Michael Gove, the British environment secretary, sparked a heated debate when he said recently: “Britain has the most liberal attitude towards migration of any European country. And that followed the Brexit vote.”
His implication that the Brexit vote was a force for a more positive view of immigration in Britain has been vigorously challenged by some.
And you can see why it might grate: analysis by King’s College London shows that media coverage of immigration tripled in the campaign, and was “overwhelmingly negative”.
But Gove is right to say that people in Britain are now more positive about immigration, as shown by new polling released by Ipsos MORI, tracking attitudes towards immigration after the recent Windrush scandal.
Gove cited an Ipsos survey from the end of 2017, which does indeed show that from the ten European countries included, Britain is most likely to think immigration has had a positive effect on the country.
A more recent European Commission survey across all 28 EU countries shows that, while the UK is not quite top, it is the third most likely to say that immigration is an opportunity rather than a problem, behind only Sweden and Ireland.
And this is a shift that can’t be explained purely by the weight of negative media coverage of immigration dying down after the referendum. I’ve been reviewing immigration attitudes for nearly 20 years, and I’m really not used to seeing Britain at the top of any league table of immigration positivity: this is something new.
As the chart below shows, positive attitudes have doubled in Britain since 2011, while they’ve flatlined at a low level in most other countries, or fallen in the case of Sweden.
And as our new survey published by Ipsos MORI shows, this trend remains stable. The switch from a negative balance of opinion to a positive one started before the 2016 referendum on EU membership, in the middle of 2015 – but it did gain pace after.
Reassurance and regret
There are two broad explanations for why this is happening – that the change is being driven by “reassurance”, or “regret”.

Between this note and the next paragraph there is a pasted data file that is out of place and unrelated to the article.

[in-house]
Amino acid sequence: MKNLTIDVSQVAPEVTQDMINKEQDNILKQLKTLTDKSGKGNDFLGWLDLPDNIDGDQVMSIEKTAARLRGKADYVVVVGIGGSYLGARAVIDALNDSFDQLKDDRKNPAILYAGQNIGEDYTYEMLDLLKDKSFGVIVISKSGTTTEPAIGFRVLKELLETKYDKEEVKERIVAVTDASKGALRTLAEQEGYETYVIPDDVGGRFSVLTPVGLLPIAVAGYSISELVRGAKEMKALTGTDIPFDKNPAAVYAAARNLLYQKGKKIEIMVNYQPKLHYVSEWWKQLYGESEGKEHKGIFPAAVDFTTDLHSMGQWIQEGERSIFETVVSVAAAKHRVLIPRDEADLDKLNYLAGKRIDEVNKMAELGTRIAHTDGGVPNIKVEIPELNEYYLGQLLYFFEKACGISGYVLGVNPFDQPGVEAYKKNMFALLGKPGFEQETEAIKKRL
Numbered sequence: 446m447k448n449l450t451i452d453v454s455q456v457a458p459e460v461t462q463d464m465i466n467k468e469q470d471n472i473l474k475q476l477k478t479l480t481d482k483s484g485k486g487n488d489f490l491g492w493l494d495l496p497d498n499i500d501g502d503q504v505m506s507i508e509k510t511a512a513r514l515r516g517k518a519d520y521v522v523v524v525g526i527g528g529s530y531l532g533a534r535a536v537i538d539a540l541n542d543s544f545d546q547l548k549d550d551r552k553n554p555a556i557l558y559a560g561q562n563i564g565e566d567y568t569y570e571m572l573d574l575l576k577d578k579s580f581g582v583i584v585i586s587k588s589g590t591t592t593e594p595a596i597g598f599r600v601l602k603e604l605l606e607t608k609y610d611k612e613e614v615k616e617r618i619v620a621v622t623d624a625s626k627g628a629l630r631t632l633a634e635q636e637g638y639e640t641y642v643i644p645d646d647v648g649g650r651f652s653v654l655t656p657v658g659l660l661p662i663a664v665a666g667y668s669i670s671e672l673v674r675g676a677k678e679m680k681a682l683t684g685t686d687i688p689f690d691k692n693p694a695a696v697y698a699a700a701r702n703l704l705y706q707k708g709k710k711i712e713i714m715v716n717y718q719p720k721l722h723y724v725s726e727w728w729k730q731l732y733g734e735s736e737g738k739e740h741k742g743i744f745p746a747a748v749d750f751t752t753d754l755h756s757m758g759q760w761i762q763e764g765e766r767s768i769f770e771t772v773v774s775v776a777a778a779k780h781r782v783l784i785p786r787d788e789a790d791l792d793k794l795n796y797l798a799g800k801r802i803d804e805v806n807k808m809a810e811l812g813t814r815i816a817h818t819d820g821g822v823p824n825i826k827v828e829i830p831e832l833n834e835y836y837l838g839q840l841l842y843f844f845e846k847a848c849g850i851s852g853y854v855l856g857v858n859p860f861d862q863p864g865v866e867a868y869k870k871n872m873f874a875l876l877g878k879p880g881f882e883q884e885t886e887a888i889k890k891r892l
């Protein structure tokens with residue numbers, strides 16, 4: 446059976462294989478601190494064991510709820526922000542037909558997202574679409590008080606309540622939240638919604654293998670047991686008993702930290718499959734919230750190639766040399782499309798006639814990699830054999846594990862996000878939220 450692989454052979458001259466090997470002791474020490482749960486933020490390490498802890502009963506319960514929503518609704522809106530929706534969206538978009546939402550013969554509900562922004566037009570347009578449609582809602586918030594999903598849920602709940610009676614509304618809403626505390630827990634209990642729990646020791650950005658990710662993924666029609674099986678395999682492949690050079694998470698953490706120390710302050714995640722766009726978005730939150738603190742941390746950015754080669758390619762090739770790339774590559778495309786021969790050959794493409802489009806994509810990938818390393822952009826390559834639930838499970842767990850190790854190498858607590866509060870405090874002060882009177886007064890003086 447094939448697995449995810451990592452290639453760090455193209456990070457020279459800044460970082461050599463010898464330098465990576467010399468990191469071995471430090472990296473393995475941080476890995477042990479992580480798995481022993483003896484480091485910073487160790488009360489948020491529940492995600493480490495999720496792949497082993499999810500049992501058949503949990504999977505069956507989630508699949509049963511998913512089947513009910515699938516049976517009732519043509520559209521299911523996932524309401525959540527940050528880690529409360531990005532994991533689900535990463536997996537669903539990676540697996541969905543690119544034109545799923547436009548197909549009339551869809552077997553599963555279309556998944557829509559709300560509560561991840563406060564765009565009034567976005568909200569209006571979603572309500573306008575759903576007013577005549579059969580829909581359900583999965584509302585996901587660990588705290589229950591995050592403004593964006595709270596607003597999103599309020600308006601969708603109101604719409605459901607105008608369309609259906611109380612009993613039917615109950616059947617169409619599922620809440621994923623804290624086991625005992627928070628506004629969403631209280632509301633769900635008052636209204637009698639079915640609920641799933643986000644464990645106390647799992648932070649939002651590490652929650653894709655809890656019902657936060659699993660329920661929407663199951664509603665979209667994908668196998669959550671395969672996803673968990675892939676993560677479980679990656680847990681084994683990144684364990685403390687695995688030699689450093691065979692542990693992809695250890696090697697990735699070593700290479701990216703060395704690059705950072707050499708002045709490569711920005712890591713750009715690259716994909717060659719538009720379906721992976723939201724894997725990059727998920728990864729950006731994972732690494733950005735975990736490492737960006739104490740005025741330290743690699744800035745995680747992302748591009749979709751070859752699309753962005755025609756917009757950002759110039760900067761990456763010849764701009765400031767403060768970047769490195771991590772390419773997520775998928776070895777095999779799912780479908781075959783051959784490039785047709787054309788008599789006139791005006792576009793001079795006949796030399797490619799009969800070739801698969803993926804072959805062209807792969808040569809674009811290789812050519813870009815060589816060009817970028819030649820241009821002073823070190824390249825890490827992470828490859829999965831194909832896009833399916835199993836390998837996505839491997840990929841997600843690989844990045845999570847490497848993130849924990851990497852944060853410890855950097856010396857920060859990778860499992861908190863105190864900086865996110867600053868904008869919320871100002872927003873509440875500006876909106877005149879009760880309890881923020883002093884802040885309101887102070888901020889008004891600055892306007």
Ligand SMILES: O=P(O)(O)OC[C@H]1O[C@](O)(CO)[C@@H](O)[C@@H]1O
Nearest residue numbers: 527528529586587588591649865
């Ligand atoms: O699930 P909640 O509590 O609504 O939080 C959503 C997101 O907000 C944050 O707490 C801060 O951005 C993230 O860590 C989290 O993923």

The first is the idea that people feel they can now say that immigration has positive aspects, because numbers are coming down, or they believe numbers will be lower in the future, as a result of Brexit.
Regret, on the other hand, could be driven by a realisation of what we’re losing from lower immigration: as numbers fall and warnings of skills shortages and economic impacts increase, the extent to which the country benefits from immigration becomes more obvious.
Clearly these are simplifications – there are other explanations and these are not mutually exclusive views. But in our latest survey, we tried to assess the balance between these two explanations for the first time, by simply asking people why they are more positive.
And as the chart below shows, there is an almost perfect balance between the two explanations: around four in ten say they’re more aware of the contribution that immigrants make, and the same proportion say they’re reassured numbers are falling or will fall.
An emotive debate
As with so much about immigration attitudes, there is no one clear answer or view, and therefore no clear indication for future policy and political direction. The very real trends of increased positivity actually give the government little clue as to whether they should loosen their drive to control numbers, or stick to their guns on the “hostile environment” immigration policy that has come in for so much criticism in recent months.